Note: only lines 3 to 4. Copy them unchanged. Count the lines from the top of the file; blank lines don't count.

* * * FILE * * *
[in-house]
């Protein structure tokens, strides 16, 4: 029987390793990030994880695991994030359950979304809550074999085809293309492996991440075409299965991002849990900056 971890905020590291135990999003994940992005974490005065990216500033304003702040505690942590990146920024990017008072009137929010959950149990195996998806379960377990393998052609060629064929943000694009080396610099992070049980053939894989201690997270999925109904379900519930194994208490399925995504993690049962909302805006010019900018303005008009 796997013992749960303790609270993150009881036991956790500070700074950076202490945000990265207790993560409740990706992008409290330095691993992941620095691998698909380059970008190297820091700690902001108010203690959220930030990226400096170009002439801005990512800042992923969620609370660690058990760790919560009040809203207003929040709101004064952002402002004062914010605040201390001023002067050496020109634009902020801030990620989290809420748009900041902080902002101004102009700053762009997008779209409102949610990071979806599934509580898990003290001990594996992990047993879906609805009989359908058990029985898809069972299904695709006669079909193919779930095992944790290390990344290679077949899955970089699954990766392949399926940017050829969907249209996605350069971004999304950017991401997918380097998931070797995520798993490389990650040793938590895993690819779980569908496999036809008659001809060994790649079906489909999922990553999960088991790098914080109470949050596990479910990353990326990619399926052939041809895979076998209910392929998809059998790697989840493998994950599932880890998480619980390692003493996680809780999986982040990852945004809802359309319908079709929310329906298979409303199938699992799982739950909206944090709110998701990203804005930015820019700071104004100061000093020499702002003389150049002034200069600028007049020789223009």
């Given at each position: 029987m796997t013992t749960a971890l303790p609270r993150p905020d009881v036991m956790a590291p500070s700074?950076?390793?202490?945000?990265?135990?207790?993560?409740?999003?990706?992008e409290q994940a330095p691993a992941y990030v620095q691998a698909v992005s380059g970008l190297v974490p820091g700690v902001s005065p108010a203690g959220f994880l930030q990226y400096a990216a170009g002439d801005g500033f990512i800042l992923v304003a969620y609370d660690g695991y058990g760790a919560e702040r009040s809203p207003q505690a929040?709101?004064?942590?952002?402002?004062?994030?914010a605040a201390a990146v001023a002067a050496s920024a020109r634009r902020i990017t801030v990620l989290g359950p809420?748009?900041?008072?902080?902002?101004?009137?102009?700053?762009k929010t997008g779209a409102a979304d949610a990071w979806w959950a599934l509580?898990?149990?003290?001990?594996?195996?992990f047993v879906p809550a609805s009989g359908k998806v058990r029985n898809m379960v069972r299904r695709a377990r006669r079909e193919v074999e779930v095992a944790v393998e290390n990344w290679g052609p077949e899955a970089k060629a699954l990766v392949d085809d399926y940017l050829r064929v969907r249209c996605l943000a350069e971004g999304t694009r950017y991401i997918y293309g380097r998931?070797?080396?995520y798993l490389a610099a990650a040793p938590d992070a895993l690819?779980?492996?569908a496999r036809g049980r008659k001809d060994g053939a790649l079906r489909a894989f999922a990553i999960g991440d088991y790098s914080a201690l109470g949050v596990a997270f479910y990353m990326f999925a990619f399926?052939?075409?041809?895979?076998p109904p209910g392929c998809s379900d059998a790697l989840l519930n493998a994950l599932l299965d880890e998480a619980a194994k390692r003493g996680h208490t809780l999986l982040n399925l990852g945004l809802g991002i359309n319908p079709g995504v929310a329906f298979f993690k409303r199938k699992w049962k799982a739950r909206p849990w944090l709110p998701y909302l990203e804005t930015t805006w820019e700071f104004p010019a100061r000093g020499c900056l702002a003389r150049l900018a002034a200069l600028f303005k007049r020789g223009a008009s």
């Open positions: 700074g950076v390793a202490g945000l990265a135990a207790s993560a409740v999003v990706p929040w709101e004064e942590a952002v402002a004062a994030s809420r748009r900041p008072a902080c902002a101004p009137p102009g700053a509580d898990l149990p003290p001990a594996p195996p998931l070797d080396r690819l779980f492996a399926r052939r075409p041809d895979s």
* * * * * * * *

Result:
């Given at each position: 029987m796997t013992t749960a971890l303790p609270r993150p905020d009881v036991m956790a590291p500070s700074?950076?390793?202490?945000?990265?135990?207790?993560?409740?999003?990706?992008e409290q994940a330095p691993a992941y990030v620095q691998a698909v992005s380059g970008l190297v974490p820091g700690v902001s005065p108010a203690g959220f994880l930030q990226y400096a990216a170009g002439d801005g500033f990512i800042l992923v304003a969620y609370d660690g695991y058990g760790a919560e702040r009040s809203p207003q505690a929040?709101?004064?942590?952002?402002?004062?994030?914010a605040a201390a990146v001023a002067a050496s920024a020109r634009r902020i990017t801030v990620l989290g359950p809420?748009?900041?008072?902080?902002?101004?009137?102009?700053?762009k929010t997008g779209a409102a979304d949610a990071w979806w959950a599934l509580?898990?149990?003290?001990?594996?195996?992990f047993v879906p809550a609805s009989g359908k998806v058990r029985n898809m379960v069972r299904r695709a377990r006669r079909e193919v074999e779930v095992a944790v393998e290390n990344w290679g052609p077949e899955a970089k060629a699954l990766v392949d085809d399926y940017l050829r064929v969907r249209c996605l943000a350069e971004g999304t694009r950017y991401i997918y293309g380097r998931?070797?080396?995520y798993l490389a610099a990650a040793p938590d992070a895993l690819?779980?492996?569908a496999r036809g049980r008659k001809d060994g053939a790649l079906r489909a894989f999922a990553i999960g991440d088991y790098s914080a201690l109470g949050v596990a997270f479910y990353m990326f999925a990619f399926?052939?075409?041809?895979?076998p109904p209910g392929c998809s379900d059998a790697l989840l519930n493998a994950l599932l299965d880890e998480a619980a194994k390692r003493g996680h208490t809780l999986l982040n399925l990852g945004l809802g991002i359309n319908p079709g995504v929310a329906f298979f993690k409303r199938k699992w049962k799982a739950r909206p849990w944090l709110p998701y909302l990203e804005t930015t805006w820019e700071f104004p010019a100061r000093g020499c900056l702002a003389r150049l900018a002034a200069l600028f303005k007049r020789g223009a008009s």
């Open positions: 700074g950076v390793a202490g945000l990265a135990a207790s993560a409740v999003v990706p929040w709101e004064e942590a952002v402002a004062a994030s809420r748009r900041p008072a902080c902002a101004p009137p102009g700053a509580d898990l149990p003290p001990a594996p195996p998931l070797d080396r690819l779980f492996a399926r052939r075409p041809d895979s």